Thumbnail Image

Effects of Instrument-assisted Soft Tissue Mobilization on Isokinetic Knee Extensor Strength and Fatigue

Romero, Daniel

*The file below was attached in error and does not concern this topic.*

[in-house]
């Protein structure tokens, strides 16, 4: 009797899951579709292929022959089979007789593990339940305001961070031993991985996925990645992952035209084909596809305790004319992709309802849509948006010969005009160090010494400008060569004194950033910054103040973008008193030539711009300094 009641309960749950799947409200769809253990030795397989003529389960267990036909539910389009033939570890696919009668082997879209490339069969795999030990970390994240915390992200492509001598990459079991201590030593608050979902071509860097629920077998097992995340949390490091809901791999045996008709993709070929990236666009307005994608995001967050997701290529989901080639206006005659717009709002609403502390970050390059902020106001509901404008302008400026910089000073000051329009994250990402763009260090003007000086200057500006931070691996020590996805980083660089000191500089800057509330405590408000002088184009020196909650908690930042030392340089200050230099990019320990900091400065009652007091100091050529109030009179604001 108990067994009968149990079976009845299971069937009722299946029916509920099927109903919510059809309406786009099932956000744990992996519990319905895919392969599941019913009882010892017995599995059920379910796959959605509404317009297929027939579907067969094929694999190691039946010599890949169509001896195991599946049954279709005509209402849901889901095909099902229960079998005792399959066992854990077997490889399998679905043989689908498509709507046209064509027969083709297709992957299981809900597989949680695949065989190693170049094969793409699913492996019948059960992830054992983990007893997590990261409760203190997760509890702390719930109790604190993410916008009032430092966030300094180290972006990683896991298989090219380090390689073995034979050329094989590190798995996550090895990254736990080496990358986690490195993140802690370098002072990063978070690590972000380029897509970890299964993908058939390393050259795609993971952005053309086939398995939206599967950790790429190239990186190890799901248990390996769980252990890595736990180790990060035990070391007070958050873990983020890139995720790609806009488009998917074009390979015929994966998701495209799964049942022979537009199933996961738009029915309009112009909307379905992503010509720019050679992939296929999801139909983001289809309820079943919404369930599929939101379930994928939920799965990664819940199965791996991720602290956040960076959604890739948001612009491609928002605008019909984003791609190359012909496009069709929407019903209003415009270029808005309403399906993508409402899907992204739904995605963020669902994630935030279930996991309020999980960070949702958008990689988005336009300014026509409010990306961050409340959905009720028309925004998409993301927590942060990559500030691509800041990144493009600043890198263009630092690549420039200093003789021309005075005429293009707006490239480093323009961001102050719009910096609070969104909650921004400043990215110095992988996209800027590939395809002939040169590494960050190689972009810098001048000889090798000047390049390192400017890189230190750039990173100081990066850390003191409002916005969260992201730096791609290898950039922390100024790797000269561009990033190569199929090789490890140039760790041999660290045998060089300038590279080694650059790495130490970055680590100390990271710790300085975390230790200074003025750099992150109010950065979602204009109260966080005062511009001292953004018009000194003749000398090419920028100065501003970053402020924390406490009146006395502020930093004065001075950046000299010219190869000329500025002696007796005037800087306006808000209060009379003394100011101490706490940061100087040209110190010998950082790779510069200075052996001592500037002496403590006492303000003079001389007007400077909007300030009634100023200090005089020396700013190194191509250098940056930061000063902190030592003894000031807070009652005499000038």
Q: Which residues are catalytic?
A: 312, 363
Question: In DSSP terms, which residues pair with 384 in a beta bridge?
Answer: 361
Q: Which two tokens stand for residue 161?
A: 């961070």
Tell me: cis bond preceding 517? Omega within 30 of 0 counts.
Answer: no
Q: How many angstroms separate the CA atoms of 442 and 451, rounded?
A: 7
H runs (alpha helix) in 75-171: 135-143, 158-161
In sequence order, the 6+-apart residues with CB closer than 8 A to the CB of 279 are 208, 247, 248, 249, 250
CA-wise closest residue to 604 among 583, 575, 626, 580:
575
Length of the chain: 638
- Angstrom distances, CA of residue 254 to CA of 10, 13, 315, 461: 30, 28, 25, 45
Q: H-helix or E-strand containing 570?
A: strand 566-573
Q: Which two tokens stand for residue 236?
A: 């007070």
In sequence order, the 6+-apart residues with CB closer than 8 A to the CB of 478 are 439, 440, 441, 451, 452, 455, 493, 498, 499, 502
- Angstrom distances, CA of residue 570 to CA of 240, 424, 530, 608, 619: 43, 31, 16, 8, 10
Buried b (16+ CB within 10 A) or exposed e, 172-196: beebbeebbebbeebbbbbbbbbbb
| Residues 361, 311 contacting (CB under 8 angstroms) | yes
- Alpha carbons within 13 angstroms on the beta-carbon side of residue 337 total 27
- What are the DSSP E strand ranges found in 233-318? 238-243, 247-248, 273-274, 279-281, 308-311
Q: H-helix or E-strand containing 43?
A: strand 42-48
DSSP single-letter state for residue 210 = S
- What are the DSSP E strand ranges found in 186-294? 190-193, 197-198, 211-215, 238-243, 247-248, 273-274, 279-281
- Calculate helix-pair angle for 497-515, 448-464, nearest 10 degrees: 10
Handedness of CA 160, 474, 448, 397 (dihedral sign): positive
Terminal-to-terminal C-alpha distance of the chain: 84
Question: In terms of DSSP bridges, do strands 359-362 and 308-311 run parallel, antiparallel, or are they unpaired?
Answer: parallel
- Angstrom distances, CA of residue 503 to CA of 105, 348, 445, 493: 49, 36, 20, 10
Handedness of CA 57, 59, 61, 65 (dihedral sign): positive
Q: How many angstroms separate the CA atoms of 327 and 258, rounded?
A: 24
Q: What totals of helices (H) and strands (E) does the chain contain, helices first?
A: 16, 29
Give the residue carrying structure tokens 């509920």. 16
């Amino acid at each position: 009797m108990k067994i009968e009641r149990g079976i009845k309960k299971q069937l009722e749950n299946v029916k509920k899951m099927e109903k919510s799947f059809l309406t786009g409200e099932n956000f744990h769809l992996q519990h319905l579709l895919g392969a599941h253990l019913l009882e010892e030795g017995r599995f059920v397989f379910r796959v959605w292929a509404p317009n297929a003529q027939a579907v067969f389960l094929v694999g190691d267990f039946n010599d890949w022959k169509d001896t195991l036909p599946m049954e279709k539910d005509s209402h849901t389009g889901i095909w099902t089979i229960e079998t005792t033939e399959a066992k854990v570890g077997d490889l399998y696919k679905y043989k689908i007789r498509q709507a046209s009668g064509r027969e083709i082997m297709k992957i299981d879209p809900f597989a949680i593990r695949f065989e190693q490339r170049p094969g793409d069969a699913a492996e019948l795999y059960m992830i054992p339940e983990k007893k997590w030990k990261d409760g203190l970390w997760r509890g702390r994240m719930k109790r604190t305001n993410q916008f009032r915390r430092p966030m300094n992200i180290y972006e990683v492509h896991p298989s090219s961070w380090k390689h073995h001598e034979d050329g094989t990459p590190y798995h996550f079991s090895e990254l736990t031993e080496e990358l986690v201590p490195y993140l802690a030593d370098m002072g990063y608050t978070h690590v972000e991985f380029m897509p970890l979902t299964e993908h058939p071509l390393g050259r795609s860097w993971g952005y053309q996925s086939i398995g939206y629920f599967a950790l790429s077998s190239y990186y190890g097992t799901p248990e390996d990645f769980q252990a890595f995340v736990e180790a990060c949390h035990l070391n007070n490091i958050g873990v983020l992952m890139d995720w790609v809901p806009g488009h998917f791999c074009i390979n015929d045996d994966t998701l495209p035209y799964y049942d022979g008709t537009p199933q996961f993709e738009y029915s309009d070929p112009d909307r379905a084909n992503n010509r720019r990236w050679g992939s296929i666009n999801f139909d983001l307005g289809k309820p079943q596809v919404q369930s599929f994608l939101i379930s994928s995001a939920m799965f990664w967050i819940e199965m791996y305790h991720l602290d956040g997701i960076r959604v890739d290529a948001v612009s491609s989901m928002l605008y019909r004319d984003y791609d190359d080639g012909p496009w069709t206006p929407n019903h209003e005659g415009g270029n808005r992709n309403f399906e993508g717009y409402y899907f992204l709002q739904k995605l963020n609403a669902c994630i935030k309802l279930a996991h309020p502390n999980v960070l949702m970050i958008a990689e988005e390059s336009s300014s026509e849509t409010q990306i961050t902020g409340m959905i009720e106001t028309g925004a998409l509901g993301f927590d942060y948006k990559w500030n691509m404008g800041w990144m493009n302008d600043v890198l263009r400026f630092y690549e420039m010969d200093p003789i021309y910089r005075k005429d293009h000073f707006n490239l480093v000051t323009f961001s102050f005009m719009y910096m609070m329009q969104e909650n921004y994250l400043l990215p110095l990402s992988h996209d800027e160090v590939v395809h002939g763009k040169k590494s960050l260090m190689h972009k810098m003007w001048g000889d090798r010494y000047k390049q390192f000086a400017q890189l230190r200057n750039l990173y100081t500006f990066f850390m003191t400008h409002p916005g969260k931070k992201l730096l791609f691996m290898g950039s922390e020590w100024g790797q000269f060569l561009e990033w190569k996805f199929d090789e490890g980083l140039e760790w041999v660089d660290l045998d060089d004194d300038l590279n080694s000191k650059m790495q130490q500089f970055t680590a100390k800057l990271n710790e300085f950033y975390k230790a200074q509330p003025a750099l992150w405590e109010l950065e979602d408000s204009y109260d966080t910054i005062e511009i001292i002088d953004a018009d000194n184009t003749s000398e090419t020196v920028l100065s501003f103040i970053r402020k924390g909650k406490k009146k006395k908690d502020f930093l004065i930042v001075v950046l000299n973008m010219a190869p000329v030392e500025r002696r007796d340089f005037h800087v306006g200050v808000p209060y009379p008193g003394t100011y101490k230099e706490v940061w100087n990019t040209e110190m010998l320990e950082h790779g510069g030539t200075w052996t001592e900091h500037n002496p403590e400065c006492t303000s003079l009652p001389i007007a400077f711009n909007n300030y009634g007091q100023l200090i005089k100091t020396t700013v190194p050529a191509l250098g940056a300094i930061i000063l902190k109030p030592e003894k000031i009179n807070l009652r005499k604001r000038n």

Strength is one characteristic that most athletes focus on improving as it is a critical element for success. It is believed that some micro-tearing of the muscle tissue occurs daily in routine activities and during regular exercise. Any restriction or imbalance within the musculoskeletal structure can affect optimal range of motion which then can affect the quality of force production, force application, and movement efficacy. Nontraditional treatments are beginning to be investigated to examine their effects on strength and a few techniques are slowly gaining popularity are the Graston Technique (GT) and Whole Body Vibration (WBV). Clinicians might apply the GT before practice or competition to break down adhesions to allow the muscle to function freely or use WBV to stimulate the neuromuscular system. However, the use of the GT or WBV may possibly leave the athlete susceptible to injury if strength is diminished in the process. PURPOSE: The purpose of this study is to address the potential acute effects of the GT and WBV on peak isokinetic torque and fatigue of the quadriceps during maximal voluntary contraction. The secondary purpose is to compare the individual effects between the GT and WBV on strength and fatigue following an acute exercise protocol. METHODS: Subjects were randomly selected into three groups: the GT, WBV and control. Each subject completed their group protocol a week after the pre-test. Peak isokinetic torque, total work and work fatigue values were collected pre-test and post-test using the Thorstennson protocol on the Biodex dynamometer 4.0. Following data collection, independent sample t-tests and a one-way ANOVA were performed on SPSS Statistics to analyze the data. RESULTS: Peak isokinetic torque and work fatigue decreased following each intervention. There was no significant difference between pre-test and post-test or between groups. Total work only increased in the GT but not significantly when compared to the WBV and control group. CONCLUSION: Based on the results, it is safe to assume that the GT and WBV is not better or worse than resting for 5 minutes before practice or competition when it comes to strength and fatigue.